Lord Donoughue, a member of the GWPF board of trustees, put forward a total of 25 questions over 15 months to the Department of Energy and Climate Change (DECC) relating to obscure climate models. 
June 30, 2015
The Global Warming Policy Foundation's Indur Goklany (member of their Academic Advisory Council) authored a GWPF paper titled “The Pontifical Academies' Broken Moral Compass” (PDF) in response to Pope Francis's Encyclical on the Environment. 
According to the GWPF's press release, the paper “finds the Vatican is being led astray by its advisors by statements on climate change that are scientifically lacking and ethically dubious.” They also conclude that using fossil fuels is beneficial to the environment “the beneficial impact of fossil fuels has not only been on human well-being but also on nature, because fossil fuel use has allowed more intensive use of land, thus reducing the amount of wilderness that has to be diverted to agricultural use. This means that the Vatican’s backing of reductions in fossil fuel use would actually reduce human well-being and increase the human impact on the planet” 
Goklany said, “The academies say that sustainability and resilience are being destroyed by over-consumption and that fossil fuels are to blame, yet almost every indicator of human well-being from life-expectancy to health to standard of living has improved beyond measure largely because of our use of fossil fuels.”“[…]Climate change is a moral and ethical issue, but it is a strange ethical calculus that would justify wiping out the gains we have made in human well-being over the last few centuries at the same time devastating the natural world. The Vatican’s advisors appear to have lost their way.”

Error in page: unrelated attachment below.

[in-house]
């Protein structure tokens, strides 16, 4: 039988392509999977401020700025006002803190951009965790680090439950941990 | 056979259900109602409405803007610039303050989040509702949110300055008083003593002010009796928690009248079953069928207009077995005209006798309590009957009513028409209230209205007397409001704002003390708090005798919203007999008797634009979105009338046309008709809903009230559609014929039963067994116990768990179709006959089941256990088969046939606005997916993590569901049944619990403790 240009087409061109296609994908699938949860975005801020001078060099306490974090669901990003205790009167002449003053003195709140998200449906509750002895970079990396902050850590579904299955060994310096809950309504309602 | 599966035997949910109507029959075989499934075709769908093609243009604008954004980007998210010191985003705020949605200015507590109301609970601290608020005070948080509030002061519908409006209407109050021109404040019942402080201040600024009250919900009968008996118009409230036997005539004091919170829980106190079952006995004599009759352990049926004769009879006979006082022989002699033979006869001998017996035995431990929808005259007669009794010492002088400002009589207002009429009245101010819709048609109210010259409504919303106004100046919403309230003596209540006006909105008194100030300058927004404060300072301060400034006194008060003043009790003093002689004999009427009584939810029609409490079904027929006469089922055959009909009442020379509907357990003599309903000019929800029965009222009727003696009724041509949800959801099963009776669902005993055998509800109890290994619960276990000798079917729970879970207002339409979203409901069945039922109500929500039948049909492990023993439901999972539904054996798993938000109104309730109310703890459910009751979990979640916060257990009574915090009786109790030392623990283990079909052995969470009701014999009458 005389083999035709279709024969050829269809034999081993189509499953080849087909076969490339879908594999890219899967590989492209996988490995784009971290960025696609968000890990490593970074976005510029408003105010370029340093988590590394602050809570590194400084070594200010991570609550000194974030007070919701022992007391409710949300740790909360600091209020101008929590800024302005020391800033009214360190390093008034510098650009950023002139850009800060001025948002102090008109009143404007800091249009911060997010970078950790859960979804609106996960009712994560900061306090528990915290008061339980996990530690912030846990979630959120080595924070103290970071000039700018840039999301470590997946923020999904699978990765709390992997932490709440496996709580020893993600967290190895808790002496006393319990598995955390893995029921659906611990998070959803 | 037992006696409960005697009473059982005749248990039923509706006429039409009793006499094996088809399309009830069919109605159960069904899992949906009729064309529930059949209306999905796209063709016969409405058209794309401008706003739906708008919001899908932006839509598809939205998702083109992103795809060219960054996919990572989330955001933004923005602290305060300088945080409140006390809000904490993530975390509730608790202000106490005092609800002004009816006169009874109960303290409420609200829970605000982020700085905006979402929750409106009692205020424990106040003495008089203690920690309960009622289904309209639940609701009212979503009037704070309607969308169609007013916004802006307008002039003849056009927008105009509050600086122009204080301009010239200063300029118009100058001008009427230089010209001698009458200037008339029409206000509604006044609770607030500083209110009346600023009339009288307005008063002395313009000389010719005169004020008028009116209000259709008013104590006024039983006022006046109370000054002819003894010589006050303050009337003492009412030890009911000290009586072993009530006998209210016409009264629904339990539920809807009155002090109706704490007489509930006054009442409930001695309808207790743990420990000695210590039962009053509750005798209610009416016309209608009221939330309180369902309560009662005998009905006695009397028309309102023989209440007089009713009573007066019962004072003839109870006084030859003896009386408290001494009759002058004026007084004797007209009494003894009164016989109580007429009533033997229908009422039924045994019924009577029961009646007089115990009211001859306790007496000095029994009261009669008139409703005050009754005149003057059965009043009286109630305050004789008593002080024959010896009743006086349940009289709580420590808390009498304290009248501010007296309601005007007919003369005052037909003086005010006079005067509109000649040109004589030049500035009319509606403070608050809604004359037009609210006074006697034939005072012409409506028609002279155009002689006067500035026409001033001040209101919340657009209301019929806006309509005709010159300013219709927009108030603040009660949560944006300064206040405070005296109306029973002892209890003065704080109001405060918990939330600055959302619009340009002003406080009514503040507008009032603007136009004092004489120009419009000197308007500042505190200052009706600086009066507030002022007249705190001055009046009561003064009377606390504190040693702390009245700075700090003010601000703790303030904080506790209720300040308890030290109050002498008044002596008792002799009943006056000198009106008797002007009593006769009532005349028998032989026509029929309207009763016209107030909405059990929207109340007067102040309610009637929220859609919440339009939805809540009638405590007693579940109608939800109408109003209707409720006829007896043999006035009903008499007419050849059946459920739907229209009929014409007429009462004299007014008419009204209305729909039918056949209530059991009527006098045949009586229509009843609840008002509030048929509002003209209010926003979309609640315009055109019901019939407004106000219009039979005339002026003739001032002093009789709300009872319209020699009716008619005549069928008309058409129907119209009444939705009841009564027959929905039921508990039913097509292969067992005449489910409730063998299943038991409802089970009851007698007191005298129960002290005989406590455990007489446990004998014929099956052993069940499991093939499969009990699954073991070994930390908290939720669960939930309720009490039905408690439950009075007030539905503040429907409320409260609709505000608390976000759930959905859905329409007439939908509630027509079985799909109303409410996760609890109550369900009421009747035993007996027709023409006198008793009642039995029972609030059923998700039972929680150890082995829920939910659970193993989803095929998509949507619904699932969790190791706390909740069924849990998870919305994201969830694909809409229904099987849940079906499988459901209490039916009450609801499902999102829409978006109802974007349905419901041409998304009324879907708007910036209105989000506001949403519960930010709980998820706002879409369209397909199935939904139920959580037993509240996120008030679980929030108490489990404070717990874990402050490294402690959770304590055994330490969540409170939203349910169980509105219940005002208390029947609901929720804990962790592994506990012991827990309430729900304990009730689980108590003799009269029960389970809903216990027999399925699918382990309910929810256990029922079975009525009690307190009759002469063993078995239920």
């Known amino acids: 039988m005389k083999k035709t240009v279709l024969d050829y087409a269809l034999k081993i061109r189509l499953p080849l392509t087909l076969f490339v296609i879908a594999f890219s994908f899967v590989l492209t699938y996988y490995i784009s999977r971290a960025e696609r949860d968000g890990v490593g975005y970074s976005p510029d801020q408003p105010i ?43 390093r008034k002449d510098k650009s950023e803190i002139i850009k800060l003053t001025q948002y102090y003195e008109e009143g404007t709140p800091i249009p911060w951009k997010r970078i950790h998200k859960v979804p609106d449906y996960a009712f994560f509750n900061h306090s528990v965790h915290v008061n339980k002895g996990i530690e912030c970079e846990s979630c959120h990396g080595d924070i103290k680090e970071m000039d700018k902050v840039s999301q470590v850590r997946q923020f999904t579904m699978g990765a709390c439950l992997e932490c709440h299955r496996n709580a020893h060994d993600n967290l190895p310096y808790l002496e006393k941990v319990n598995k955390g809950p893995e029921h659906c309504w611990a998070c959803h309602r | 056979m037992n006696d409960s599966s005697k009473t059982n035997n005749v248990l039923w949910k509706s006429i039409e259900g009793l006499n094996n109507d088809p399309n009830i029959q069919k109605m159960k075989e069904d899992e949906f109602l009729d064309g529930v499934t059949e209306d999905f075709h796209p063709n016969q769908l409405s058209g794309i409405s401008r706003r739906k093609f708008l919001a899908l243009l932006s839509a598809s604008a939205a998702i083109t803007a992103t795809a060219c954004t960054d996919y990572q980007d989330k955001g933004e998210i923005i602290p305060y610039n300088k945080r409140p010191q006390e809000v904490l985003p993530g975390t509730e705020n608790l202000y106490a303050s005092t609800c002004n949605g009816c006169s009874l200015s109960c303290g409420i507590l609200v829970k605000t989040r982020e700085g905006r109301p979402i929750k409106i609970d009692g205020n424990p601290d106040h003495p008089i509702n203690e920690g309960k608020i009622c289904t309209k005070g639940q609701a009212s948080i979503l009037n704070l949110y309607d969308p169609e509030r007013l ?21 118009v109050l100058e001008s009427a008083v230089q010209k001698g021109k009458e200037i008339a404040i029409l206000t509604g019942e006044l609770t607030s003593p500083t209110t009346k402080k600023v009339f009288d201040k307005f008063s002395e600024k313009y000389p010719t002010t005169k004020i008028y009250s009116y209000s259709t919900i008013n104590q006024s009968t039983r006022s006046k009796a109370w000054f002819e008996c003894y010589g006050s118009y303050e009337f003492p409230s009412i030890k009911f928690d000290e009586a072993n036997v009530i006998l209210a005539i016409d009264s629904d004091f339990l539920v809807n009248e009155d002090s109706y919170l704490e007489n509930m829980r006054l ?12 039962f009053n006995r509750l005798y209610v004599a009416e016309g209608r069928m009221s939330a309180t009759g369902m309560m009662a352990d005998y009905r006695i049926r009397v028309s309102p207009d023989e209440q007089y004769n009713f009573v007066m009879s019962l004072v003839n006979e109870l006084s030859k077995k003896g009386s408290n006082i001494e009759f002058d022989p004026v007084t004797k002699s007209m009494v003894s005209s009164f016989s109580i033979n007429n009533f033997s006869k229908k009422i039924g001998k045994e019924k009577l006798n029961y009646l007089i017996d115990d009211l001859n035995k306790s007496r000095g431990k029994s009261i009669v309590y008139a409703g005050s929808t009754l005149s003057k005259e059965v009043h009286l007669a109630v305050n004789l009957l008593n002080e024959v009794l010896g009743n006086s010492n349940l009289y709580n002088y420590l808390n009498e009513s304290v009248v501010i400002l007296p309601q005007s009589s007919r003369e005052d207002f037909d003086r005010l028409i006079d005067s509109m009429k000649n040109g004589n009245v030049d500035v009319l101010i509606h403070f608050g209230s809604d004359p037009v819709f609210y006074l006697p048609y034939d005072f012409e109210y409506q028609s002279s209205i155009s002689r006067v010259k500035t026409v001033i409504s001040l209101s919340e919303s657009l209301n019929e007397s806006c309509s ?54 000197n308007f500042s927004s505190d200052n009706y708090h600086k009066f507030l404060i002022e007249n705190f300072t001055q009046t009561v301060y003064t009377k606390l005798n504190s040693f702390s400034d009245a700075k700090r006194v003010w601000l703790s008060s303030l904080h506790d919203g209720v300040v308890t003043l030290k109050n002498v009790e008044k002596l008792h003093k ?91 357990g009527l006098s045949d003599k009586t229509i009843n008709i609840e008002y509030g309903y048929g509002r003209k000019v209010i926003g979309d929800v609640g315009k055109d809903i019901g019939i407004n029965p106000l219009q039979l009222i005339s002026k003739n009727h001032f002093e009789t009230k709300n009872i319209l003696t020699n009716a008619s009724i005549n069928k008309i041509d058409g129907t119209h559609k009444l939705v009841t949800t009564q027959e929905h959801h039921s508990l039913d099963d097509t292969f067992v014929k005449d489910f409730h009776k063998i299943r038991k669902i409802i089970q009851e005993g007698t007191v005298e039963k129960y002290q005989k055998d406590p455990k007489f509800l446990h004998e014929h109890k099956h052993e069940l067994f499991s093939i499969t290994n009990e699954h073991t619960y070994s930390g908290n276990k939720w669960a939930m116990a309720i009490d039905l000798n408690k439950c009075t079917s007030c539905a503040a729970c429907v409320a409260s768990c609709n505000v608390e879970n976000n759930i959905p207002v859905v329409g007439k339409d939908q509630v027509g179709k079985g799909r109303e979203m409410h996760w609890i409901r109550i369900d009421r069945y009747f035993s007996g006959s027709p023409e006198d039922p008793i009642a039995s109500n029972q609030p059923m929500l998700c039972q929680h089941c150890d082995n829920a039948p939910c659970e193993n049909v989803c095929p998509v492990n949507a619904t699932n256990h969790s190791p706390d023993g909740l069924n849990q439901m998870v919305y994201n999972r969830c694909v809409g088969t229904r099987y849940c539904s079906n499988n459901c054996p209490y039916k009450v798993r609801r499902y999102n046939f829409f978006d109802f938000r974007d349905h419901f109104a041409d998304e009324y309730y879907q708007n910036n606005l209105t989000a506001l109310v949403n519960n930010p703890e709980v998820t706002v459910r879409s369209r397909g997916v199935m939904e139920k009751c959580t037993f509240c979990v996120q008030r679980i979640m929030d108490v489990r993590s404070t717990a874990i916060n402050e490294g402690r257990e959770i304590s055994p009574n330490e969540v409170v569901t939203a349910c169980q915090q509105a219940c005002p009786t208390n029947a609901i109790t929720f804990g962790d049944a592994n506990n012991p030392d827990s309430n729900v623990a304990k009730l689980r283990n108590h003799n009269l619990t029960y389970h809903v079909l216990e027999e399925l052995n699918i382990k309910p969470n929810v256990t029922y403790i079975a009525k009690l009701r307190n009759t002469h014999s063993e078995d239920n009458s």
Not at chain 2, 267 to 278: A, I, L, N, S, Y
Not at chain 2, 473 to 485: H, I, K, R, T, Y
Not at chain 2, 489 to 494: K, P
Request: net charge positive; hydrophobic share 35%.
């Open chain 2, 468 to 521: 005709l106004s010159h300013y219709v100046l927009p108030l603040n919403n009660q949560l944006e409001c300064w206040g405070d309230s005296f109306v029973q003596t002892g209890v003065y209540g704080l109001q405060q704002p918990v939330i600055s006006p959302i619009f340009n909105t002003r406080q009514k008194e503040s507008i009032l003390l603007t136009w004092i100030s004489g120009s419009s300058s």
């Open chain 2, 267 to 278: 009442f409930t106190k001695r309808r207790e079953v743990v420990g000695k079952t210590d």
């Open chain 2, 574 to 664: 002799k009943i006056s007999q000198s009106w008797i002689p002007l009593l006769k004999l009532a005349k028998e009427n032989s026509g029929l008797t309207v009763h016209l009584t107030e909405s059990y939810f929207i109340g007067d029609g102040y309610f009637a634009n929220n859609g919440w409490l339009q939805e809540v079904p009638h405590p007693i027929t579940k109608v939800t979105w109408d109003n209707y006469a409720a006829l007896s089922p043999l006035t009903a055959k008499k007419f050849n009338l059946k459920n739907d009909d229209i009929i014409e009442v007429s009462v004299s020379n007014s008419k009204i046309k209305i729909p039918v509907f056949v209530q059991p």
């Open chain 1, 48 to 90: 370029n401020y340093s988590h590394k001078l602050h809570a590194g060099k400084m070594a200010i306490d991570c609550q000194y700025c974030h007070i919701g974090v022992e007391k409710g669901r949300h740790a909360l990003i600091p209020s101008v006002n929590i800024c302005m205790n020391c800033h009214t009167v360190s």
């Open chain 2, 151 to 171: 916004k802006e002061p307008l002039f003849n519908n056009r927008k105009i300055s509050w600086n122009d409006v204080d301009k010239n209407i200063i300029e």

June 15, 2015
According to her presentation notes (PDF), her main message was to emphasise the uncertainty in the climate change science: “The punch line is this,” she said in the House of Lords, “Any impact of human caused global warming is lost in the noise of climate variability.”
“Many people have found the extent of adjustments to the data surprising. While we believe that the 20th century warming is real, we are concerned by claims that the actual trend is different from – or less certain than – has been suggested. We hope to perform a valuable public service by getting everything out into the open.” 
- Terence Kealey (chairman)
- Petr Chylek
- Richard McNider
- Roman Mureika
- Roger A Pielke Sr
- William van Wijngaarden
March 1, 2015